Posted on 01 May 2016
There is a thing in writing called “Yog’s Law”, which is “All money should flow to the author.” In short, this means that a writer shouldn’t pay for any services to polish and perfect their work, especially since typically these services are scams. I am coming to realize Yog’s Law needs revisited. Because I have broken Yog’s Law, and I couldn’t be happier for it.
I have paid for an editor (who also happens to be a friend, but who I trust to actually be brutally honest) to go over my latest manuscript. She is doing a mixture of a developmental edit and a line edit, and what she has sent back to me so far (she’s only 200ish pages through the 330 page manuscript) has been amazing. Lots of red, oh yes, the pages bleed in places, but she has challenged me in ways that only co-authoring a play has before. She calls me on places I was lazy with characterization or plot, and boy has she found all those forgotten words my brain refuses to let me find because I “know” they are already there. And she has also challenged the places my prose got lazy and overwrought, too. (and yes, for writers, lazy with words tends to mean we used too many, not too few).
So, yeah, I am beyond happy to have hired her. And with the self-publishing market blossoming, it seems that indie authors should consider services such as this, too. At JordanCon, author Jana Oliver spoke very highly of her for-hire editors (yes, plural), one of which does a developmental edit and a line-edit, and the other who does a copy-edit. These are, one might add, steps that every author has to go through, but that typically the traditionally published author gets fronted to them by the publishing house in exchange for less in royalties than a self-published author would make.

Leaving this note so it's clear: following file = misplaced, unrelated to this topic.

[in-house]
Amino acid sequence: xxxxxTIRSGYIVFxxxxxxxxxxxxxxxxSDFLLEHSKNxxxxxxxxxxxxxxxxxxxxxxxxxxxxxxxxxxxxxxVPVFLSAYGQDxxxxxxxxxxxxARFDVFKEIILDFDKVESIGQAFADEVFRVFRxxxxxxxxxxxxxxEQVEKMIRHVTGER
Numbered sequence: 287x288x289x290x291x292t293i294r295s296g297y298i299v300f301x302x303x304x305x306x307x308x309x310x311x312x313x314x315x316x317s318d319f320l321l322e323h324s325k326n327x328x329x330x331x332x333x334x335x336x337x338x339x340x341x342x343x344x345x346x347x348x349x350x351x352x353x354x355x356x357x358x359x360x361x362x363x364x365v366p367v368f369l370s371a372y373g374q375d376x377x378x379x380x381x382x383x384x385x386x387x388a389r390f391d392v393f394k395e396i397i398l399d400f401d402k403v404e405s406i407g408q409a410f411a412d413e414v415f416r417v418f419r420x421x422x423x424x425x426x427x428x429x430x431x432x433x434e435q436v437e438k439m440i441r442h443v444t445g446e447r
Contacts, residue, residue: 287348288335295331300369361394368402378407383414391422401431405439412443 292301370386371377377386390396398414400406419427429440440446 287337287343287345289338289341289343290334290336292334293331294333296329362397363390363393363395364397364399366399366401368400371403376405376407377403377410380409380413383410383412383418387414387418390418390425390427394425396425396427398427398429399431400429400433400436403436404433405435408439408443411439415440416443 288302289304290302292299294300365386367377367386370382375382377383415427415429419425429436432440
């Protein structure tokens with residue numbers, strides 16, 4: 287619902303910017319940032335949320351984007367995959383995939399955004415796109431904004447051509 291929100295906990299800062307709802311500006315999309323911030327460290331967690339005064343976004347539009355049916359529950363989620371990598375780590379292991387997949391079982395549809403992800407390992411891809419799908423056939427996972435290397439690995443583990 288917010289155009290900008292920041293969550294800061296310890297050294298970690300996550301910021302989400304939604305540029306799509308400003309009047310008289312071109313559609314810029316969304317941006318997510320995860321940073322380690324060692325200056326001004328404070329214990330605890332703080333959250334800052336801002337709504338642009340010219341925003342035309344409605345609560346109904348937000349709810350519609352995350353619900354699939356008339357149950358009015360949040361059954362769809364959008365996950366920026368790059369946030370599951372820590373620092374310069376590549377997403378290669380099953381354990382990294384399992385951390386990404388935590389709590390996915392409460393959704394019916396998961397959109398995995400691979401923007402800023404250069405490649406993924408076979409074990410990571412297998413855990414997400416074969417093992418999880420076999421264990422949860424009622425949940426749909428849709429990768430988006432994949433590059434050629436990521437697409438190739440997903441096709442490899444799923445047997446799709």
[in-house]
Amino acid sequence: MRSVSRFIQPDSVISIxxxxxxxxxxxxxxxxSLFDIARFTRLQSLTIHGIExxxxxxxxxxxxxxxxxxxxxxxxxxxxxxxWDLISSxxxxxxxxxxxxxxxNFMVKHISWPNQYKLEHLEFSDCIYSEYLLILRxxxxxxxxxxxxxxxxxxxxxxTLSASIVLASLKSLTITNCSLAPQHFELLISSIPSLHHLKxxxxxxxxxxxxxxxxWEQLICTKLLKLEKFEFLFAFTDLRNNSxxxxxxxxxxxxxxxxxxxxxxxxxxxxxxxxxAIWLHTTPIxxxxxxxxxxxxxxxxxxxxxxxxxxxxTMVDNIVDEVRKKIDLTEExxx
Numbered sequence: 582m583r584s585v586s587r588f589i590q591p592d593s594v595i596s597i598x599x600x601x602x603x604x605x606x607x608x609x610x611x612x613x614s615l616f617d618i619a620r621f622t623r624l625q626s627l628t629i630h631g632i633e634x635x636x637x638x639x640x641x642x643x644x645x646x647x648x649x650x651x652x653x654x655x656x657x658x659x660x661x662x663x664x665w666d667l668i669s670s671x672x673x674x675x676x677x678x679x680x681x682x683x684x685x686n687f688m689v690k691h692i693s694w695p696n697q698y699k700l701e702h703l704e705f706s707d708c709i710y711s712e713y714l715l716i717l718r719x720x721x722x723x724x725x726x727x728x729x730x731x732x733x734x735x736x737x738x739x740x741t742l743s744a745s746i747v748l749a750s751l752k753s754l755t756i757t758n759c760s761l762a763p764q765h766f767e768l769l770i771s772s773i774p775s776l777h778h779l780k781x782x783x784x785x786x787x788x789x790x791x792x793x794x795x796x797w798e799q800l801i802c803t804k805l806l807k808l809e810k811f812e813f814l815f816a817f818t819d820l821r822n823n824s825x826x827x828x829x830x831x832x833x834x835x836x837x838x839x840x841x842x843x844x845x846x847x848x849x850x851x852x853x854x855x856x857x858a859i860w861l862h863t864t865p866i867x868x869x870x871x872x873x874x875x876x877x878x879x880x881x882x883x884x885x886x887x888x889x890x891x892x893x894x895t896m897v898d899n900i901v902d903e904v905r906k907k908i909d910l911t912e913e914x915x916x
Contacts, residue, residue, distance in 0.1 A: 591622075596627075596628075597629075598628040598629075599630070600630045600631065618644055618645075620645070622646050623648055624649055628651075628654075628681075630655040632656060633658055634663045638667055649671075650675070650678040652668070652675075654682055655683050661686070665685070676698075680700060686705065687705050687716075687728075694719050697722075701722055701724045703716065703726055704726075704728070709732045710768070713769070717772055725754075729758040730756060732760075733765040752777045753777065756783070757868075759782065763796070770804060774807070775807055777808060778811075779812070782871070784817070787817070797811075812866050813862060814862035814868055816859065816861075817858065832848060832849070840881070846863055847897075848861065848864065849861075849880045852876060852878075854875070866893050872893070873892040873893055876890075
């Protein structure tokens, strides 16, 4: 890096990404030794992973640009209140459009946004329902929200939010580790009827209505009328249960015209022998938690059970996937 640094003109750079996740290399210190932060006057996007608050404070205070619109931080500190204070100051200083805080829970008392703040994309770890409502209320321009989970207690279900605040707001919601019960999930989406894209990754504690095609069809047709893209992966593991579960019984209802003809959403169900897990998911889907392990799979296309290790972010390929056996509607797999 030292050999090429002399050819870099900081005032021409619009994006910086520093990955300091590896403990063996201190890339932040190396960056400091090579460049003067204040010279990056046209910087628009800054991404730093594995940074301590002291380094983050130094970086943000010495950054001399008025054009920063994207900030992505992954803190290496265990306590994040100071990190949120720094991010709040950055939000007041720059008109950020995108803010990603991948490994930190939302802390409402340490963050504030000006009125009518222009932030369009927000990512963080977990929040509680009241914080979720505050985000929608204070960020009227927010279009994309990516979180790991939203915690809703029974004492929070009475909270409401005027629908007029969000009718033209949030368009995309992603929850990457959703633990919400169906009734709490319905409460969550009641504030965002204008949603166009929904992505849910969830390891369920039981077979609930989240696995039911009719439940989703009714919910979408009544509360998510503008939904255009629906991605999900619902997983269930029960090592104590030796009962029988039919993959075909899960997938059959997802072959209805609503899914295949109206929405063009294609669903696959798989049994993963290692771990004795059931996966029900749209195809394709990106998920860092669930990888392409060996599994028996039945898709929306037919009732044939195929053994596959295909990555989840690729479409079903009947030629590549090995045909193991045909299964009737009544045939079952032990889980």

So, what does that make of Yog’s Law, then? Seeing as I do not intend to go self-pub (again, at this point, at least), what good did paying out-of-pocket for something I was hoping to get for free net me? Knowledge, really. Because going through this process now is going to make me a better writer, period. It also does mean that when I send this manuscript out, it will have a certain level of polish that will help it stand out. Or, to be more accurate, the weight of typos and a few clunky sentences won’t drag it down when an agent or acquiring editor is reading it, which helps.
So, maybe not every writer has $1000 laying around (which is on the cheap side for what a full developmental/line edit will cost you), but I am going to say that it is money well spent if you are truly at the point of not being able to see any other places to improve your manuscript. And that is a good caveat, perhaps. I was 2 drafts and several revisions through this novel before I paid an editor. Don’t waste their time, or yours, but slamming out a first draft and paying to have someone look at it. I would almost say that Fife’s Adendum. “You can pay someone to edit, but don’t pay money to have someone look at it until you feel you are justified in asking money for someone to read it.” Not as eloquent as Yog’s, but not a bad corollary. If only I had an editor to help me tighten it up….